Monday, April 28, 2008

How About Some Context?

Reverend Jeremiah Wright had two significant engagements over the past few days. He was interviewed by PBS resident far left personality, Bill Moyers, in a puff ball interview that saw Moyers do his best to redeem Wright. But then today, speaking before the National Press Club, it was Jeremiah Wright unglued in all of his racist, anti-American glory. We will have to await for Obama to provide the context.

In 2006 and before, Obama couldn't say enough about his preacher and mentor of twenty years, Rev. Wright. But once Rev. Wright's virulent racism and anti-Americanism became common knowledge, Obama has been trying his best to claim that what we have heard of Rev. Wright was a rare anamoly, taken out of context by the media and not central to the message Obama embraced for twenty years with his attendace and wallet. That canard just become much harder to make with a straight face, compliments of Rev. Wright today. This from Dana Milibank's blog at the Washington Post:

Speaking before an audience that included Marion Barry, Cornel West, Malik Zulu Shabazz of the New Black Panther Party and Nation of Islam official Jamil Muhammad, Wright praised Louis Farrakhan, defended the view that Zionism is racism, accused the United States of terrorism, repeated his view that the government created the AIDS virus to cause the genocide of racial minorities, stood by other past remarks ("God damn America") and held himself out as a spokesman for the black church in America.

. . . Wright suggested that Obama was insincere in distancing himself from his pastor. "He didn't distance himself," Wright announced. "He had to distance himself, because he's a politician, from what the media was saying I had said, which was anti-American."

Explaining further, Wright said friends had written to him and said, "We both know that if Senator Obama did not say what he said, he would never get elected." The minister continued: "Politicians say what they say and do what they do based on electability, based on sound bites, based on polls."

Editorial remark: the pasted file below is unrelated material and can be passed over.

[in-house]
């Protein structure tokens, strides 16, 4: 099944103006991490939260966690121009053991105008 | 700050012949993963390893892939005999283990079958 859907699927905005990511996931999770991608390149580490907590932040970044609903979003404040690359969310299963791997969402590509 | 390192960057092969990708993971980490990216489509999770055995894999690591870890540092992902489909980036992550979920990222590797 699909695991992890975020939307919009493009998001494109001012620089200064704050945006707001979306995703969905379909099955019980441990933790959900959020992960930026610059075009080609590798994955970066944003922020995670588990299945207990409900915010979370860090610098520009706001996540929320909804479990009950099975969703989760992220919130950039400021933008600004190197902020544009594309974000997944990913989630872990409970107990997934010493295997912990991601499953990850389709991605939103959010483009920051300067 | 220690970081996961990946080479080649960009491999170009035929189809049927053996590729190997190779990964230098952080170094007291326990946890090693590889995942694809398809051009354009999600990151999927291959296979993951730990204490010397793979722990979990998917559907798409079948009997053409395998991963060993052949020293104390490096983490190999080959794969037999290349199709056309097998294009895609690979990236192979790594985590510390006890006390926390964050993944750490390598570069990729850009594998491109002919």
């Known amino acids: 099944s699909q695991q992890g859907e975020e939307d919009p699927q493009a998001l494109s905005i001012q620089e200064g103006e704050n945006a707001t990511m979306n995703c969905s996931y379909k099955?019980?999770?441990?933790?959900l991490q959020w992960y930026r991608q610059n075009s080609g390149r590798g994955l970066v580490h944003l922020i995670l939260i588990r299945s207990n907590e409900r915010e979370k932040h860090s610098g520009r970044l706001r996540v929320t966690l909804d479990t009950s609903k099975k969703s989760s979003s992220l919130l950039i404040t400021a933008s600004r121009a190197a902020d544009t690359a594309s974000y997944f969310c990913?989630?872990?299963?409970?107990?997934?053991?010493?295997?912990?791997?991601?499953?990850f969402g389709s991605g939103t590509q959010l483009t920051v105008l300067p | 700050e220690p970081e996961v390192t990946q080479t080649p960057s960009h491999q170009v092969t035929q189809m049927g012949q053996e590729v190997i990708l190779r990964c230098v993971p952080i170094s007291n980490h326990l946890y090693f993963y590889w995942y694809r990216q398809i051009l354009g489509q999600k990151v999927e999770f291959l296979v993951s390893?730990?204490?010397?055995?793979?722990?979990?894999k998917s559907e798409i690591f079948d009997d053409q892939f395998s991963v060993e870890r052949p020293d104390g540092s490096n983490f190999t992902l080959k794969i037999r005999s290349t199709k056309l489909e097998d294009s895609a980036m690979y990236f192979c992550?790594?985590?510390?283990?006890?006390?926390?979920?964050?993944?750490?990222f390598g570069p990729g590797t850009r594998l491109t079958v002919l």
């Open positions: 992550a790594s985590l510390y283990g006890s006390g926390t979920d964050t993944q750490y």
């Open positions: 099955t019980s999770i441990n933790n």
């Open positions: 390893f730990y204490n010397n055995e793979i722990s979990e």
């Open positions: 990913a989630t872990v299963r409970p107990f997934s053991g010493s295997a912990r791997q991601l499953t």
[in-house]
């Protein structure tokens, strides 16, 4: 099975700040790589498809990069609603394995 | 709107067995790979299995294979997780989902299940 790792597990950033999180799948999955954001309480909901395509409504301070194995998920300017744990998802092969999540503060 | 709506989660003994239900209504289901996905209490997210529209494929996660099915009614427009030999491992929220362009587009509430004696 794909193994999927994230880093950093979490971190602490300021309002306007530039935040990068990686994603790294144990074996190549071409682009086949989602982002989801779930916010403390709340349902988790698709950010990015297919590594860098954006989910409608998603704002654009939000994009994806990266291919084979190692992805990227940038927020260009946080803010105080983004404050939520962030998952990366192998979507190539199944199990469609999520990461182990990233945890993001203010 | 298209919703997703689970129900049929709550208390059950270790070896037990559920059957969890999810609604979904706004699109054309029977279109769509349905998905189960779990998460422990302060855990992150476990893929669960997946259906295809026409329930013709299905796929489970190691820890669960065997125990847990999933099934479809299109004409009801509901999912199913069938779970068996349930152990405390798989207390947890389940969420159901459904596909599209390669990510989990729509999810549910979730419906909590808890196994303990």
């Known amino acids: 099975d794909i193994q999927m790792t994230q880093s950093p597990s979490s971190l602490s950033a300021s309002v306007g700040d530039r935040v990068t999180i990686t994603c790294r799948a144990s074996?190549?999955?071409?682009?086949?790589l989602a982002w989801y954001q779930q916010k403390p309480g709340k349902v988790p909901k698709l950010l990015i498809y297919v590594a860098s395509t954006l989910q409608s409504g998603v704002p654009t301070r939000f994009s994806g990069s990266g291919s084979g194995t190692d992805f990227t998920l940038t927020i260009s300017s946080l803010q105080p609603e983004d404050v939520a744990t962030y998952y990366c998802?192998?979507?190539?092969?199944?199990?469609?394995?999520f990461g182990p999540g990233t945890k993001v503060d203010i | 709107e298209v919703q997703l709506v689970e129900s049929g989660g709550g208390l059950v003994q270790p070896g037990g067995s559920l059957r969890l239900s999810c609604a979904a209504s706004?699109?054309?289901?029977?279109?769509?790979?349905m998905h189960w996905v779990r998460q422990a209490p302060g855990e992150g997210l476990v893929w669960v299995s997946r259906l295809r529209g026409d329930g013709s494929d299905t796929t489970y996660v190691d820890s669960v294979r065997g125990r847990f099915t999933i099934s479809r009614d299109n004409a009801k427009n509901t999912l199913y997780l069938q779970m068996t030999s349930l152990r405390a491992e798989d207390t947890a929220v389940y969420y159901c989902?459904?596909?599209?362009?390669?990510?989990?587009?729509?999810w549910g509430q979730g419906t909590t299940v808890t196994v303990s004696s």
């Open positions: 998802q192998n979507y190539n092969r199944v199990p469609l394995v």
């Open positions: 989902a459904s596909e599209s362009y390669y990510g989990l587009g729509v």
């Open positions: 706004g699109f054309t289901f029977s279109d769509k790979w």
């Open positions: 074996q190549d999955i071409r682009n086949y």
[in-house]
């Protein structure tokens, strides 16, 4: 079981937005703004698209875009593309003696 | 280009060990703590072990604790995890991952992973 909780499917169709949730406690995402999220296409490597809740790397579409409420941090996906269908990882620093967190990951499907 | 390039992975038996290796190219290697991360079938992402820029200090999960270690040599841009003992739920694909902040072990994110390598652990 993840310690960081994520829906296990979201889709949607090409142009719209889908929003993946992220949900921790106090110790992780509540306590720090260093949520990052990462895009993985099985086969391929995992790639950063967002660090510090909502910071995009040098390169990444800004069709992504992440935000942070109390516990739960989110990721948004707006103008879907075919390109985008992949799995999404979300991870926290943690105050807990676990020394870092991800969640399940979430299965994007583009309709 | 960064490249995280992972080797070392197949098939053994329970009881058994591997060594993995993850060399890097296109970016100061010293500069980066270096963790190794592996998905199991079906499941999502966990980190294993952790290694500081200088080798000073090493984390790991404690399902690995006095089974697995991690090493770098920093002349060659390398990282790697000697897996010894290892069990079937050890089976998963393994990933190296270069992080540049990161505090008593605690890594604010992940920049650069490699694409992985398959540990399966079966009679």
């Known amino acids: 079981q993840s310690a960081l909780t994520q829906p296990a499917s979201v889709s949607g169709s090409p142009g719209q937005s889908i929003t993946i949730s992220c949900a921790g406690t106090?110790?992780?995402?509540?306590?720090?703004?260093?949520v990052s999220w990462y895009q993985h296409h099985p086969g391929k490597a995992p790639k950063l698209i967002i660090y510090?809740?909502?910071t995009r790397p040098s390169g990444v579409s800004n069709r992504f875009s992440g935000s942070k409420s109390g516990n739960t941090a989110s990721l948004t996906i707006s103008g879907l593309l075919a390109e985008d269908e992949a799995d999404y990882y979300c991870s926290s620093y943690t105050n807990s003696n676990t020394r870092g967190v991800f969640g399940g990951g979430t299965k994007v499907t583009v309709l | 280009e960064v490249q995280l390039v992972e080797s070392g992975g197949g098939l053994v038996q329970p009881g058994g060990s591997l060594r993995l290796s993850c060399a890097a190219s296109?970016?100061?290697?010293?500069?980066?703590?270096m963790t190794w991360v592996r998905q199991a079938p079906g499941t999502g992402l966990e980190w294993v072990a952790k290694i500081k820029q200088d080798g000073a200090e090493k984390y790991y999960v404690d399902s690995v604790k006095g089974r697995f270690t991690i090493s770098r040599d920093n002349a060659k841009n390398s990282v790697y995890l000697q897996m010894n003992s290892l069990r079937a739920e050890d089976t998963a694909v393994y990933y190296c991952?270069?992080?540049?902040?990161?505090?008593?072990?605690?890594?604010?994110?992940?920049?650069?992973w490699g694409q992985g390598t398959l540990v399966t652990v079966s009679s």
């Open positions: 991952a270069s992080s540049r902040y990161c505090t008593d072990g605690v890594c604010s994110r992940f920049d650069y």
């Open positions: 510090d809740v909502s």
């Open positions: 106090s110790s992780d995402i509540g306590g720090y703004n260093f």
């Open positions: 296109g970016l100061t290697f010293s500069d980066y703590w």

Wright also argued, at least four times over the course of the hour, that he was speaking not for himself but for the black church.

"This is not an attack on Jeremiah Wright," the minister said. "It is an attack on the black church." He positioned himself as a mainstream voice of African American religious traditions. "Why am I speaking out now?" he asked. "If you think I'm going to let you talk about my mama and her religious tradition, and my daddy and his religious tradition and my grandma, you got another thing coming."

That significantly complicates Obama's job as he contemplates how to extinguish Wright's latest incendiary device. Now, he needs to do more than express disagreement with his former pastor's view; he needs to refute his former pastor's suggestion that Obama privately agrees with him.

Wright seemed aggrieved that his inflammatory quotations were out of the full "context" of his sermons -- yet he repeated many of the same accusations in the context of a half-hour Q&A session this morning.

His claim that the September 11 attacks mean "America's chickens are coming home to roost"?

Wright defended it: "Jesus said, 'Do unto others as you would have them do unto you.' You cannot do terrorism on other people and expect it never to come back on you. Those are biblical principles, not Jeremiah Wright bombastic divisive principles."

His views on Farrakhan and Israel? "Louis said 20 years ago that Zionism, not Judaism, was a gutter religion. He was talking about the same thing United Nations resolutions say, the same thing now that President Carter's being vilified for and Bishop Tutu's being vilified for. And everybody wants to paint me as if I'm anti-Semitic because of what Louis Farrakhan said 20 years ago. He is one of the most important voices in the 20th and 21st century; that's what I think about him. . . . Louis Farrakhan is not my enemy. He did not put me in chains, he did not put me in slavery, and he didn't make me this color."

He denounced those who "can worship God on Sunday morning, wearing a black clergy robe, and kill others on Sunday evening, wearing a white Klan robe." He praised the communist Sandinista regime of Nicaragua. He renewed his belief that the government created AIDS as a means of genocide against people of color ("I believe our government is capable of doing anything").

And he vigorously renewed demands for an apology for slavery: "Britain has apologized to Africans. But this country's leaders have refused to apologize. So until that apology comes, I'm not going to keep stepping on your foot and asking you, does this hurt, do you forgive me for stepping on your foot, if I'm still stepping on your foot. . . .

Read the entire article.

Update from Wretchard at the Belmont Club:

Maybe James Lewis is onto something when he argues that the "moment of truth for the Left has arrived" because the ideology espoused by Jeremiah Wright and his enthusiastic audience is more a product of the Left's idea mill than anything else. You'll find equivalent versions of the Wright ideology for Latinos, Indians, gays, lesbians and environmentalists. Wright is part of a product line. A small part.

And that's why Obama's associations with people like Bernardine Dohrn and Bill Ayers, in conjunction with Jeremiah Wright are more significant than they appear at first glance. They imply a loyalty to the parent brand, the Left, more than to its special product line for black people.

Below are the videos of Rev. Wright's entire appearance today at the National Press Club.

Part 1

Part 2

Part 3

Part 4

Part 5

Part 6

1 comment:

Joanne said...

Wright is lighter than Obama, and Obama is half black and white. I wonder how white Wright really is.